Climate Change Action, Post-Poland’s COP24
Brian M. Boom, Ph.D., is Vice President for Conservation Strategy; Director, NYBG Press and Science Outreach; and Bassett Maguire Curator of Botany at NYBG.
We at NYBG welcome the positive news out of the climate change talks (COP24) in Poland over the past weekend of the agreement reached by the international community—more than 190 countries—to a set of rules for implementing the landmark 2015 Paris Climate Agreement.
Less welcome was the news that the conference’s final communique did not endorse the findings of the Special Report Global Warming of 1.5°C of the Intergovernmental Panel on Climate Change (IPCC), but rather only “noted” the publication. The report’s findings pertain to the impacts of global warming of 1.5°C above pre-industrial levels, and it concluded that we could reach the 1.5°C threshold as early as 2030. Yes, in 12 years! This unfortunate outcome reinforced the rapidly growing realization that non-governmental organizations (NGOs) must play a central role in averting dire climate change outcomes.
The conference also highlighted the oversized role that young people must perform to catalyze climate change action among governments and NGOs alike. It was, in fact, a Swedish teenager, Greta Thunberg, who galvanized the conference with this passionate speech.
NYBG is addressing climate change across our 250-acre campus and throughout the world in places we work, and our efforts have an especially strong focus on engaging young people and their families in New York City.
For example, for the past 20 years, the Everett Children’s Adventure Garden (ECAG) has been the primary destination at NYBG for children of all ages to explore the wonders of science and nature. The 12-acre, beautifully designed site includes eight acres of exploration activities for children. An imaginative staff and a corps of energetic teen Explainers recruited from all over New York City bring family-friendly adventures to life at ECAG every day. Information on current and upcoming winter program offerings in ECAG can be found here. How to become a High School Explainer is outlined here.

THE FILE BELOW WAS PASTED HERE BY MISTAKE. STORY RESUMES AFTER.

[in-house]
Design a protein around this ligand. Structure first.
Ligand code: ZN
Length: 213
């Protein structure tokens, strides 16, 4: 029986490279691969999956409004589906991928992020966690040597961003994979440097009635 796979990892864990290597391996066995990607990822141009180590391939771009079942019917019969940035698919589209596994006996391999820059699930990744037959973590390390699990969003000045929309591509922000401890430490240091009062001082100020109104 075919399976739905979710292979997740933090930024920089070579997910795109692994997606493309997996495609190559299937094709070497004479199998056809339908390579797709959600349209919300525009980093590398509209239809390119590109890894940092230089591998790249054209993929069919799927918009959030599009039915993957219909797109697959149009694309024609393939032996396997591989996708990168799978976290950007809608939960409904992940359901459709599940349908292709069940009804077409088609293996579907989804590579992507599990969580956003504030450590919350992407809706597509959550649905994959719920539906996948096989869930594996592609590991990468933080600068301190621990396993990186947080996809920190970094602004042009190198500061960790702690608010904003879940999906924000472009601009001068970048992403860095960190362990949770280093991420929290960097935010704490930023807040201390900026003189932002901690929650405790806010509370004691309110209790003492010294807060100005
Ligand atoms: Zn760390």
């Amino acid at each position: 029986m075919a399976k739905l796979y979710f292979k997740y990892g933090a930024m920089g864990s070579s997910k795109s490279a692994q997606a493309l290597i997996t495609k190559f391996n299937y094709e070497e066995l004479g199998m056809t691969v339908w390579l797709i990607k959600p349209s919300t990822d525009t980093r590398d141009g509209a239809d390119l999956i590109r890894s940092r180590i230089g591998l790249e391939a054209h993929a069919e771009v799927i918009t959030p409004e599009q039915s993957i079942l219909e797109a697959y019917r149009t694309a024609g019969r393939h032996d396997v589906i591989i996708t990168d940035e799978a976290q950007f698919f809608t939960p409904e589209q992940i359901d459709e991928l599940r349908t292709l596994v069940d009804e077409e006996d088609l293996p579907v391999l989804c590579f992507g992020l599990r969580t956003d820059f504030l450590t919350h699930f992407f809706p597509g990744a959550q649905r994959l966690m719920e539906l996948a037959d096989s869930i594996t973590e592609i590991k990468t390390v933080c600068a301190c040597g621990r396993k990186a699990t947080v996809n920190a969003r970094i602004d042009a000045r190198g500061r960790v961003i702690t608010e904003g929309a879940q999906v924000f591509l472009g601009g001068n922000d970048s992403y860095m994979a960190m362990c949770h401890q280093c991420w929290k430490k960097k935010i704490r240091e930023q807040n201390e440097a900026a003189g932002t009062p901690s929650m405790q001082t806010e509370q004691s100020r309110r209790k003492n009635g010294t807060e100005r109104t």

As another example, earlier this year, NYBG opened its new Edible Academy, a state-of-the-art educational facility for children and families featuring innovative programs that encourage a lifelong interest in gardening, nutrition, and environmental stewardship. Sustainable infrastructure throughout the expanded three-acre campus supports maximum resource efficiency (water and energy) and active storm water management. The 5,300-sq.-ft. Classroom Building, featuring a Demonstration Kitchen, Technology Lab, and Green Roof, was recently certified LEED Gold by the U.S. Green Buildings Council. Learn more about the upcoming new winter session of the Children’s Gardening Program, January 26–March 9, 2019, for Garden Sprouts (ages 3–5) here, and for Crafters (ages 6–12) here.
As 15-year old Greta Thunberg expressed at COP24 in Poland, we need action on climate change now! Just maybe, world leaders will be shown the way forward by teenagers, and NYBG is doing its best to help young people learn about and care for plants and the planet.